Friday, November 16, 2012

Rachel Tzvia Back’s New Collection

A Messenger Comes
by Rachel Tzvia Back

From Singing Horse Press
http://www.singinghorsepress.com
5251 Quaker Hill Lane
San Diego, 92130

An excerpt from A Messenger Comes appears below these words of praise.

Rachel Tzvia Back’s A Messenger Comes is poetry that, without apology, centers of grief and its faithful companion, memory. The reality of death—always a shock—pulls us inward and apart, but the messenger from the living insists that we mourn while we continue on with our lives. Back’s poems are moving, eloquent, and delicately honed.
—Irena Klepfisz, author of Keeper of Accounts, professor of Women’s Studies, Barnard College

A Messenger Comes is no simple book of consolation. It is a book of questions: Can grief be sustained? What can we learn from the grief of another? Can we know another’s grief? What can we say to console her? What if grieving is not something that we should get over? What are the connections between grief and memory? How does a poem intensify our memory of the ones we have lost? Lost to what? A harrowing and inspiring book of poems!
—Hank Lazer, author of The New Spirit and Deathwatch for My Father, Editor, Contemporary & Modern Poetics Series, University of Alabama press

In the poet’s own words:

The title A Messenger Comes is lifted from a passage I read in Leon Weiseltier's seminal scholarly work Kaddish – on the history and evolution of the Kaddish, the Jewish prayer of mourning. The extract – which is my new book's epigraph – goes as follows:

A messenger comes to the mourner's house.
"Come," says the messenger, "you are needed."
"I cannot come," says the mourner, "my spirit is broken."
"That is why you are needed," says the messenger

The book is a collection of elegies for my sister and my father. It is very much a book of a broken spirit.


Excerpt from A Messenger Comes by Rachel Tzvia Back

Lamentation

          (for my father, on his dying)

(1)

In worded a world
how broken
from beginning:

sunburst and blossoms all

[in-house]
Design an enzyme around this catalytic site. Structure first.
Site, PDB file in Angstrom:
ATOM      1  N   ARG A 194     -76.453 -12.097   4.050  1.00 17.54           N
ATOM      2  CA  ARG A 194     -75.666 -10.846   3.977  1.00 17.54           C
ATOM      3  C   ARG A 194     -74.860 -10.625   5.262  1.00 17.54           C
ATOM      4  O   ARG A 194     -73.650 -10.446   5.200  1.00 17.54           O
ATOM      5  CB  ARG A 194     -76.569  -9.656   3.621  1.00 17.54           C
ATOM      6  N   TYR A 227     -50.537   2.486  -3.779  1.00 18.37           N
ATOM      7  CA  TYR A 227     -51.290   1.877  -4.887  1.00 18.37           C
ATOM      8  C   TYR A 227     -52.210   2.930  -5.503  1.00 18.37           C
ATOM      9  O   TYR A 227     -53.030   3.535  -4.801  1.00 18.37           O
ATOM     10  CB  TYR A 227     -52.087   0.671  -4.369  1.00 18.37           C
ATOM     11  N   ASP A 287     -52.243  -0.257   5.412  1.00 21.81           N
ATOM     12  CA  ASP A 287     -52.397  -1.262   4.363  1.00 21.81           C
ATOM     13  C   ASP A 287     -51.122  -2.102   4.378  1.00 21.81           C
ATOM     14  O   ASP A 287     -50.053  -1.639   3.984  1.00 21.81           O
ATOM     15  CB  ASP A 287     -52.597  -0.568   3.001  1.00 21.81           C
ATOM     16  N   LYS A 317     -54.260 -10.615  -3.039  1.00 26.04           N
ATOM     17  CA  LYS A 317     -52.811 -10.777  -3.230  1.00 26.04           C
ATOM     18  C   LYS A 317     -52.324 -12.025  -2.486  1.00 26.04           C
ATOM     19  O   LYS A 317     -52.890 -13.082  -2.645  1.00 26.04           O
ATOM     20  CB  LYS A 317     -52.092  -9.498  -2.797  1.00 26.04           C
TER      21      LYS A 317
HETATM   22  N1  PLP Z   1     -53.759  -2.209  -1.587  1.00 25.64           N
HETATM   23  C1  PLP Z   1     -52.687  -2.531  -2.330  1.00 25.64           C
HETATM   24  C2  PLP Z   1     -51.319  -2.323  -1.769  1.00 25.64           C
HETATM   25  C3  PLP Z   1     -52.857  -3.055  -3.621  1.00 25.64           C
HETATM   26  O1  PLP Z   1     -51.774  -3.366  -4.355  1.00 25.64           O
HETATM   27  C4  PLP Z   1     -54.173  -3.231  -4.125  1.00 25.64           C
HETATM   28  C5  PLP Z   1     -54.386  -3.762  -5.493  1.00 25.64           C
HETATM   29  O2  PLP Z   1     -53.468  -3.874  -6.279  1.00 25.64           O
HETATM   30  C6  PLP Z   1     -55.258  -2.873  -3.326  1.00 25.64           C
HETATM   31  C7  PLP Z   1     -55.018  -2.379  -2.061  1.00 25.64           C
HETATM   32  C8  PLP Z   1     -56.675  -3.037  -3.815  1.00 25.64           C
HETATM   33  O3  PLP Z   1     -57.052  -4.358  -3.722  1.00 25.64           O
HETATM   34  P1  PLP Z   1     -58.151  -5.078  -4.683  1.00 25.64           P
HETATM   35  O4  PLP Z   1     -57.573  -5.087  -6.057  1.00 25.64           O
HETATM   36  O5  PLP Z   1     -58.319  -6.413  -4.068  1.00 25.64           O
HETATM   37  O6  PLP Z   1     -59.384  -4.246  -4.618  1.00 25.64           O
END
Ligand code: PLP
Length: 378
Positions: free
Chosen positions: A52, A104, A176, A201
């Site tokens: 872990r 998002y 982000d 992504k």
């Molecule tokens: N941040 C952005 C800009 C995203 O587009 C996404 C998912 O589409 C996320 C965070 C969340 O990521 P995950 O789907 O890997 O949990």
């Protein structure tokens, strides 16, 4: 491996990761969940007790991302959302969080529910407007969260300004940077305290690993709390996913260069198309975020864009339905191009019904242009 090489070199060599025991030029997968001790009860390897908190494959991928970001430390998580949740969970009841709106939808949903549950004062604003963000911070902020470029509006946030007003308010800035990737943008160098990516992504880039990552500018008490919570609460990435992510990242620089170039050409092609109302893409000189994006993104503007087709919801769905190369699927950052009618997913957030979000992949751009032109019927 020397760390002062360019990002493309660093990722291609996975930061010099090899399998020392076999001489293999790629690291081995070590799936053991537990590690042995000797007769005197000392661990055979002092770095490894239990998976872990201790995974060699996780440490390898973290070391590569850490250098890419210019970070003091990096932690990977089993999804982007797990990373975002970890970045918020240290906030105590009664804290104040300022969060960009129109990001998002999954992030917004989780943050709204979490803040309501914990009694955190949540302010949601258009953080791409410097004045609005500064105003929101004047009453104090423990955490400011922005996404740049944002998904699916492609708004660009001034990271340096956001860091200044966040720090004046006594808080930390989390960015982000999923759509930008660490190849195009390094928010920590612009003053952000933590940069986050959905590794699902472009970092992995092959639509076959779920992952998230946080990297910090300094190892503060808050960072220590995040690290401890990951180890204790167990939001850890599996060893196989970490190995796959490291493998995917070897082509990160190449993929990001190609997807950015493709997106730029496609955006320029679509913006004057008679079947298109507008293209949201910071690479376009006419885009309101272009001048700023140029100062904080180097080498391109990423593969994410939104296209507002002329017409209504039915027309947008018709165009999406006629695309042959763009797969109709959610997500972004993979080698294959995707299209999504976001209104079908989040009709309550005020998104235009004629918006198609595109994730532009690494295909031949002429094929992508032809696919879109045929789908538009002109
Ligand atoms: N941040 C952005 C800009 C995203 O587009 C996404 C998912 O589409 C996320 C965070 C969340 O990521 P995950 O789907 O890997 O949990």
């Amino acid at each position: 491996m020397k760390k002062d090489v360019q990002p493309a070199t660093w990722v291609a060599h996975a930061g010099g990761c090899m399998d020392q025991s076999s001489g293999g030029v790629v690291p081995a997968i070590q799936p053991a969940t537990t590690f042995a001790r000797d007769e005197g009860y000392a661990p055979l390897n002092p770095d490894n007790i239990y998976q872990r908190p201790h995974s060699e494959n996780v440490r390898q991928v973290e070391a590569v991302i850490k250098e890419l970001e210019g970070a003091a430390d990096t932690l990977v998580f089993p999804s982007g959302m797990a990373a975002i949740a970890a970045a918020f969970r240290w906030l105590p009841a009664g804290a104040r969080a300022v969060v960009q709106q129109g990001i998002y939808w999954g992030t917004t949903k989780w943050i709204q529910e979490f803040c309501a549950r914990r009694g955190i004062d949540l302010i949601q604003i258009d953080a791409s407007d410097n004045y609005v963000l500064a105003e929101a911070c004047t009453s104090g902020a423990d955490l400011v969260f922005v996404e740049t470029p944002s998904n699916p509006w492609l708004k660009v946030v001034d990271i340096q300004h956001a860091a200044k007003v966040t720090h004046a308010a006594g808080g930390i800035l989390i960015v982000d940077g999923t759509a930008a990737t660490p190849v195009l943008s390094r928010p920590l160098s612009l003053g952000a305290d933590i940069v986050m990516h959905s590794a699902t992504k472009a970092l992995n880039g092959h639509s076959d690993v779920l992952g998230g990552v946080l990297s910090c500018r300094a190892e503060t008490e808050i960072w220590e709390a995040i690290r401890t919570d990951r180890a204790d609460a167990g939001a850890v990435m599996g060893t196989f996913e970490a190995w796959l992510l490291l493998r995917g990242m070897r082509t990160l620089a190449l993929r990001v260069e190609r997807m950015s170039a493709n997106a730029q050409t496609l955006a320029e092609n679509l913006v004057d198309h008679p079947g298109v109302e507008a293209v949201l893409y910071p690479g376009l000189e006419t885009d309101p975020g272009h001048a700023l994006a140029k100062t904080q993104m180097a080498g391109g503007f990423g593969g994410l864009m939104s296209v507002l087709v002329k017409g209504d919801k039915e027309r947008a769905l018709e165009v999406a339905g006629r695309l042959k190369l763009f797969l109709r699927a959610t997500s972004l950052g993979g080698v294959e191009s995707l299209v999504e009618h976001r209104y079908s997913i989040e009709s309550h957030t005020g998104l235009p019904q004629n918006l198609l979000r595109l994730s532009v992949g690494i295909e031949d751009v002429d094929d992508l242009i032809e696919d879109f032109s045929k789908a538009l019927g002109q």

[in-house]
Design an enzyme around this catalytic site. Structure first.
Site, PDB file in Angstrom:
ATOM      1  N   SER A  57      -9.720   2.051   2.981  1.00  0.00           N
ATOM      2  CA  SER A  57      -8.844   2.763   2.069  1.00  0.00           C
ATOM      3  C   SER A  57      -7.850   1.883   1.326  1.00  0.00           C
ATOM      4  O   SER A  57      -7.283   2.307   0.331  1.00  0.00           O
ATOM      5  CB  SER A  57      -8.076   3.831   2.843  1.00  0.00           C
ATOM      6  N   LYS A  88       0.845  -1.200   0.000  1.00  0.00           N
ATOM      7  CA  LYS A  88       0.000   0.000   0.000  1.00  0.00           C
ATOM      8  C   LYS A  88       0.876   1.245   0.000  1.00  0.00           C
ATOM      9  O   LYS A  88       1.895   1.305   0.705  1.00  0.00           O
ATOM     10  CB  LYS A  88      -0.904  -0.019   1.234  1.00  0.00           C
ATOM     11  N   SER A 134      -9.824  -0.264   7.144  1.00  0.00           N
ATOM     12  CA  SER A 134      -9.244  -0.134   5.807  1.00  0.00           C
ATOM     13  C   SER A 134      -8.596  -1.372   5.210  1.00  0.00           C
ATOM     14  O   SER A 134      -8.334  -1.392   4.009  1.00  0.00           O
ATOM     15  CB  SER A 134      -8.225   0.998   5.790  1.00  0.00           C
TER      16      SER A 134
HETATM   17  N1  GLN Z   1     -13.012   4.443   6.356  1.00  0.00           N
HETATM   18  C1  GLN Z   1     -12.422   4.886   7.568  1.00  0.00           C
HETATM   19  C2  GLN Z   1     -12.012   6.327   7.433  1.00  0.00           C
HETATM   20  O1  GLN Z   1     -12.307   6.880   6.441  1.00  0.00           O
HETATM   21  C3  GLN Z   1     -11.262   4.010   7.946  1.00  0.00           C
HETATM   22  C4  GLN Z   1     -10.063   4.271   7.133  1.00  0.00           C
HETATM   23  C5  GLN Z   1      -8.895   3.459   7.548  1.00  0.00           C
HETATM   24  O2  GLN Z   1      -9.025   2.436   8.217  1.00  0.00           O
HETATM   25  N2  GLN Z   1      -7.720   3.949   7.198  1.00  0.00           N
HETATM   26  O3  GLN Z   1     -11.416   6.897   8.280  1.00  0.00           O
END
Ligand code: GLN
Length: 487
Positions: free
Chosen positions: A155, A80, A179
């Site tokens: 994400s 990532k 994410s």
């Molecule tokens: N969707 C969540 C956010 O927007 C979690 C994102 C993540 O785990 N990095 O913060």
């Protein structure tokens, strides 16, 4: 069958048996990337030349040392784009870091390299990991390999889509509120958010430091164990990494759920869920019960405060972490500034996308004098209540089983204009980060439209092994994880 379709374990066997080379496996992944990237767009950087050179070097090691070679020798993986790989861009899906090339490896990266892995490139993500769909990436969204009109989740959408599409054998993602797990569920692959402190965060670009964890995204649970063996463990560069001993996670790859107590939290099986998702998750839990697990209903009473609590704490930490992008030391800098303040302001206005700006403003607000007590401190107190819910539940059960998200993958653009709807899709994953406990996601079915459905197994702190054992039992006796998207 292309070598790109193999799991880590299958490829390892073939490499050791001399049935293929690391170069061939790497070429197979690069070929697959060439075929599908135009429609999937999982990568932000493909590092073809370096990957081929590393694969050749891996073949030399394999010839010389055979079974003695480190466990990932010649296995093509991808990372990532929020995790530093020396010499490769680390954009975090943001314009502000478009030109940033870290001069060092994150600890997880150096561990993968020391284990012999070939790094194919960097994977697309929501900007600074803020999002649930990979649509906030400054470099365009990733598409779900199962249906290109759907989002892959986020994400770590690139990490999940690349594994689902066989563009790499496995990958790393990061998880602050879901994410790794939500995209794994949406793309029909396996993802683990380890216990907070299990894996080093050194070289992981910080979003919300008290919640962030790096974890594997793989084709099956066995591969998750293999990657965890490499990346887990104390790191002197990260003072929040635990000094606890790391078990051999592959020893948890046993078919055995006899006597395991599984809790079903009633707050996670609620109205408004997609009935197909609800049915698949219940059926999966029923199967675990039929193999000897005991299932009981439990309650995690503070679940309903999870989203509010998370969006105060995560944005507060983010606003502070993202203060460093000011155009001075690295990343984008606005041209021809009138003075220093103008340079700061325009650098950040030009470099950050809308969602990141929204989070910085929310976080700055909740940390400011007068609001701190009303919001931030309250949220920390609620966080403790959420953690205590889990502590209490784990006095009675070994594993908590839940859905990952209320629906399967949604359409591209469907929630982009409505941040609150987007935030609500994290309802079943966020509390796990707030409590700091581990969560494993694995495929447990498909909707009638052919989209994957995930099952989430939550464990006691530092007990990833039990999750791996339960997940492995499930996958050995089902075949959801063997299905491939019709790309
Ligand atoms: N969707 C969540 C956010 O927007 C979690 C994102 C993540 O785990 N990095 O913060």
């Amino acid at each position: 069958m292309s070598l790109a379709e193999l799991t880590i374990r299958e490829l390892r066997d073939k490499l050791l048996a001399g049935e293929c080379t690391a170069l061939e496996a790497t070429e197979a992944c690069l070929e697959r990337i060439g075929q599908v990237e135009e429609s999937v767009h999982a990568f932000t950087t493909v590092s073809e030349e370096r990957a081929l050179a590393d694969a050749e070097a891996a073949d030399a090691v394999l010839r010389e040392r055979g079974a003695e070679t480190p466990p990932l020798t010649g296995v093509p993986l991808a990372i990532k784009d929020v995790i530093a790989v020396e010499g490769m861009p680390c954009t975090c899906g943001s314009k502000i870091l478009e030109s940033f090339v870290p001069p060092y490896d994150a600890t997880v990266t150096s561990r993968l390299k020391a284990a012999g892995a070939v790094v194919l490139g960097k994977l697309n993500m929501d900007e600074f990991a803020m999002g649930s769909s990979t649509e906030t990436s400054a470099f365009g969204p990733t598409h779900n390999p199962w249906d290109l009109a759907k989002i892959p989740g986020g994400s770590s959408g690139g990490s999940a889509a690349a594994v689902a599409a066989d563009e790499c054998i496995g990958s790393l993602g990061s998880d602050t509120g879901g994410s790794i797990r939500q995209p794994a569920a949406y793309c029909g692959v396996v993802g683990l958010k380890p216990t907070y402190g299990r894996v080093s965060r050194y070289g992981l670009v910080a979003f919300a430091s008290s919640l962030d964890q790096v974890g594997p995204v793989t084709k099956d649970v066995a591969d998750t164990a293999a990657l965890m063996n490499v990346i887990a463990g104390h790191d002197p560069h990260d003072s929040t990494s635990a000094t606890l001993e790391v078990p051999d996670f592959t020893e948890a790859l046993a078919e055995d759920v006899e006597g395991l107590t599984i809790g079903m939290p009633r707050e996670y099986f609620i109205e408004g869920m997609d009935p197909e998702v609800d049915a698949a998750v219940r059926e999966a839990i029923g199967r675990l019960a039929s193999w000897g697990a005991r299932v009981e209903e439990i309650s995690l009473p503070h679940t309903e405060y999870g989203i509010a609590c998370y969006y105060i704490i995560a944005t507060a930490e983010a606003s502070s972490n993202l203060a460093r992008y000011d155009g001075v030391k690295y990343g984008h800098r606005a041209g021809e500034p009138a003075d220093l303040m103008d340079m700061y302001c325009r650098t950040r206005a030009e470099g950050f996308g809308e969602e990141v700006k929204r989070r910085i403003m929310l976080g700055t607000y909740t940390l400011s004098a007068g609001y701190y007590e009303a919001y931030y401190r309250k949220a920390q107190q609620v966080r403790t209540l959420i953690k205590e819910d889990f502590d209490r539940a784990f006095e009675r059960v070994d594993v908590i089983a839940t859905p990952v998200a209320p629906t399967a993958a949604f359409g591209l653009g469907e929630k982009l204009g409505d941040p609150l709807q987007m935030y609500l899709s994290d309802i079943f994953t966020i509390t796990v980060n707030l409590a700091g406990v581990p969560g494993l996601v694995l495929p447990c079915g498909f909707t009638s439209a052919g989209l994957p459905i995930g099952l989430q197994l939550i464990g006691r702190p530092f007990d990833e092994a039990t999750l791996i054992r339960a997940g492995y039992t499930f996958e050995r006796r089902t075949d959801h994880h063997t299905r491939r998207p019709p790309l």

subterfuges
of creation ruses

of beauty –
fragrant thicket no less
complicit:

we exist
in a shattered vessel
shards at our bare feet –

Someone’s mother cries out
Stand still or
you’ll get hurt
– and

you try hard in the slivered
moment
not to move.

(2)

Day asks: What does it matter
putting this anticipated
loss

on the page our
un-readiness
for imagined emptiness

of after –
why
direct half-

worded sorrow to tell
his tale or
your own

inked in another – it's
just another
loss what

does it matter
it has always been
already

shattered –
Day asks
then asks again.

(3)

Because what
can be said?
In the end

the spoken stands
with bare spindly arms
around

its unspoken
brother what
fear

fastens
with tight knots to
your ravaged throat so

what you do
speak is always
poor and pale

shadows
of what
you do not.

(4)

You are dying.

But you do not say so
we do not say –
together

in steadfast
not-saying
alone

the winds orbit
echoing inner chambers where we
linger in

your researching
options thick
folders of studies

long letters to the scattered
family reports
of shifting numbers

platelets and neutrophiles
knotted
defiance of

your fall.

Reprinted from A Messenger Comes by permission of Singing Horse Press and Rachel Tzvia Back. Copyright 2012 by Rachel Tzvia Back.

Rachel Tzvia Back – poet, translator and professor of literature – lives in the Galilee, where her great, great, great grandfather settled in the 1830s. Her poetry collections include Azimuth (Sheep Meadow, 2001), The Buffalo Poems (Duration Press, 2003), On Ruins & Return: Poems 1999-2005 (Shearsman Boks, 2007), and A Messenger Comes (Singing Horse Press, 2012). Back's translations of the poetry of pre-eminent Hebrew poet Lea Goldberg, published in Lea Goldberg: Selected Poetry and Drama (Toby Press 2005) represent the most extensive selection of Goldberg's poetry in English and were awarded a 2005 PEN Translation Award. Back has translated into English poetry and prose other significant Hebrew writers, including Dahlia Ravikovitch, Tuvia Reubner, Hamutal Bar Yosef, and Haviva Pedaya. Back is the editor and primary translator of the English version of the anthology With an Iron Pen: Twenty Years of Hebrew Protest Poetry (SUNY Press, Excelsior Editions, 2009) – a collection named "haunting" and "historic" by American poet Adrienne Rich. Ms. Back’s poems have been anthologized in After Shocks: The Poetry of Recovery for Life-Shattering Events .

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